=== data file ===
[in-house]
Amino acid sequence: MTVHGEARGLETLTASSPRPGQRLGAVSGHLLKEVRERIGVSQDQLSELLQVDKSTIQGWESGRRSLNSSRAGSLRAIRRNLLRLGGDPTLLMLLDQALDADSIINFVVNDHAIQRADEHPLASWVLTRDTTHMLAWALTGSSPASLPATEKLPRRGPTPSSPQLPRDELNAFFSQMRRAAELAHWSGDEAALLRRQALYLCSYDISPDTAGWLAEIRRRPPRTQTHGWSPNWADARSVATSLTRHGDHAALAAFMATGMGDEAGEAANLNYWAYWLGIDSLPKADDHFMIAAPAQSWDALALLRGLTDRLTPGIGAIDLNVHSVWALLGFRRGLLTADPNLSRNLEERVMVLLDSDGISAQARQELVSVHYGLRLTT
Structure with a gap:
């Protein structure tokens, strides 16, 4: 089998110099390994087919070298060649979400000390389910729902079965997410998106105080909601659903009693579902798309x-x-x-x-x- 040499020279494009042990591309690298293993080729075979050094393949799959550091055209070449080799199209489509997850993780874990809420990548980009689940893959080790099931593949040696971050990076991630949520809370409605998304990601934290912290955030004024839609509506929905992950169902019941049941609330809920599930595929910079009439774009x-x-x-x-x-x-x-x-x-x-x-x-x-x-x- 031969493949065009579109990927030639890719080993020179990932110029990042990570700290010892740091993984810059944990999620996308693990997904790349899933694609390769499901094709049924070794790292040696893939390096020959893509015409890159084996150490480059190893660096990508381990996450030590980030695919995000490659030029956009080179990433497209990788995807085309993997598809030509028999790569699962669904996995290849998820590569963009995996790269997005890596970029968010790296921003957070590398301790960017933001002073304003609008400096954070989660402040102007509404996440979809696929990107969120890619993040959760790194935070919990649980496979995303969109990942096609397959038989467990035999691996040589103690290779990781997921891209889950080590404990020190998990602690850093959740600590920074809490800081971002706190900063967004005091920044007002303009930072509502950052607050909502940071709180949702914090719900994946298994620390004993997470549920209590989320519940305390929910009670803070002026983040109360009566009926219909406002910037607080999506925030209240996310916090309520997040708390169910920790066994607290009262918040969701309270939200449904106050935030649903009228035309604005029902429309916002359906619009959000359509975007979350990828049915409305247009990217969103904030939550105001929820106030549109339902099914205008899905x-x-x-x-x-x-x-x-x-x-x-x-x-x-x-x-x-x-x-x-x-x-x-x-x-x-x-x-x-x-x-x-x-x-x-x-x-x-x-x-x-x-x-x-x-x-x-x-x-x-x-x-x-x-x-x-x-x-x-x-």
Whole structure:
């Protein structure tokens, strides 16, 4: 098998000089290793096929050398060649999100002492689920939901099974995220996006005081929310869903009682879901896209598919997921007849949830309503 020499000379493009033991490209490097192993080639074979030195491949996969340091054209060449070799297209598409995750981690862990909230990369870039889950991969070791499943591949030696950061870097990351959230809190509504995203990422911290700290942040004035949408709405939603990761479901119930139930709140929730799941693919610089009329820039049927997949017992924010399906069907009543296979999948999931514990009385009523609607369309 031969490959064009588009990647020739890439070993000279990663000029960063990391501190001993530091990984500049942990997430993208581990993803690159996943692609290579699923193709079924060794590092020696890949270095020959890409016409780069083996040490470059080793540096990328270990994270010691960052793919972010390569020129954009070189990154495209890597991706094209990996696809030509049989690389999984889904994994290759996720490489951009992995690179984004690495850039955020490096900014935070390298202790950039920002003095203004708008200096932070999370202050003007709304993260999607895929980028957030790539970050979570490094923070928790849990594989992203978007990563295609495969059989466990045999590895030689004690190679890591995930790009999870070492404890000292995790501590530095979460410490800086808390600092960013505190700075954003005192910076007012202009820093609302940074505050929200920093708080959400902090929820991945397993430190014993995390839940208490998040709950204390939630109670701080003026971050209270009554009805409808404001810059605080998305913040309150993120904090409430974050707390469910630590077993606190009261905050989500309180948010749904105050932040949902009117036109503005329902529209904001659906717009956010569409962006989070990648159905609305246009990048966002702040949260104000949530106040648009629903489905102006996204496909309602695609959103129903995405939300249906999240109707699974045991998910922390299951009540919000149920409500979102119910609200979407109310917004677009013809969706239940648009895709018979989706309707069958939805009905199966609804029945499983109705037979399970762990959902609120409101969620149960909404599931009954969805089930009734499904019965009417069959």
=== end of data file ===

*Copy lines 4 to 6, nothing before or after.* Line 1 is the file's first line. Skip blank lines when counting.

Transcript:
């Protein structure tokens, strides 16, 4: 089998110099390994087919070298060649979400000390389910729902079965997410998106105080909601659903009693579902798309x-x-x-x-x- 040499020279494009042990591309690298293993080729075979050094393949799959550091055209070449080799199209489509997850993780874990809420990548980009689940893959080790099931593949040696971050990076991630949520809370409605998304990601934290912290955030004024839609509506929905992950169902019941049941609330809920599930595929910079009439774009x-x-x-x-x-x-x-x-x-x-x-x-x-x-x- 031969493949065009579109990927030639890719080993020179990932110029990042990570700290010892740091993984810059944990999620996308693990997904790349899933694609390769499901094709049924070794790292040696893939390096020959893509015409890159084996150490480059190893660096990508381990996450030590980030695919995000490659030029956009080179990433497209990788995807085309993997598809030509028999790569699962669904996995290849998820590569963009995996790269997005890596970029968010790296921003957070590398301790960017933001002073304003609008400096954070989660402040102007509404996440979809696929990107969120890619993040959760790194935070919990649980496979995303969109990942096609397959038989467990035999691996040589103690290779990781997921891209889950080590404990020190998990602690850093959740600590920074809490800081971002706190900063967004005091920044007002303009930072509502950052607050909502940071709180949702914090719900994946298994620390004993997470549920209590989320519940305390929910009670803070002026983040109360009566009926219909406002910037607080999506925030209240996310916090309520997040708390169910920790066994607290009262918040969701309270939200449904106050935030649903009228035309604005029902429309916002359906619009959000359509975007979350990828049915409305247009990217969103904030939550105001929820106030549109339902099914205008899905x-x-x-x-x-x-x-x-x-x-x-x-x-x-x-x-x-x-x-x-x-x-x-x-x-x-x-x-x-x-x-x-x-x-x-x-x-x-x-x-x-x-x-x-x-x-x-x-x-x-x-x-x-x-x-x-x-x-x-x-």
Whole structure:
């Protein structure tokens, strides 16, 4: 098998000089290793096929050398060649999100002492689920939901099974995220996006005081929310869903009682879901896209598919997921007849949830309503 020499000379493009033991490209490097192993080639074979030195491949996969340091054209060449070799297209598409995750981690862990909230990369870039889950991969070791499943591949030696950061870097990351959230809190509504995203990422911290700290942040004035949408709405939603990761479901119930139930709140929730799941693919610089009329820039049927997949017992924010399906069907009543296979999948999931514990009385009523609607369309 031969490959064009588009990647020739890439070993000279990663000029960063990391501190001993530091990984500049942990997430993208581990993803690159996943692609290579699923193709079924060794590092020696890949270095020959890409016409780069083996040490470059080793540096990328270990994270010691960052793919972010390569020129954009070189990154495209890597991706094209990996696809030509049989690389999984889904994994290759996720490489951009992995690179984004690495850039955020490096900014935070390298202790950039920002003095203004708008200096932070999370202050003007709304993260999607895929980028957030790539970050979570490094923070928790849990594989992203978007990563295609495969059989466990045999590895030689004690190679890591995930790009999870070492404890000292995790501590530095979460410490800086808390600092960013505190700075954003005192910076007012202009820093609302940074505050929200920093708080959400902090929820991945397993430190014993995390839940208490998040709950204390939630109670701080003026971050209270009554009805409808404001810059605080998305913040309150993120904090409430974050707390469910630590077993606190009261905050989500309180948010749904105050932040949902009117036109503005329902529209904001659906717009956010569409962006989070990648159905609305246009990048966002702040949260104000949530106040648009629903489905102006996204496909309602695609959103129903995405939300249906999240109707699974045991998910922390299951009540919000149920409500979102119910609200979407109310917004677009013809969706239940648009895709018979989706309707069958939805009905199966609804029945499983109705037979399970762990959902609120409101969620149960909404599931009954969805089930009734499904019965009417069959």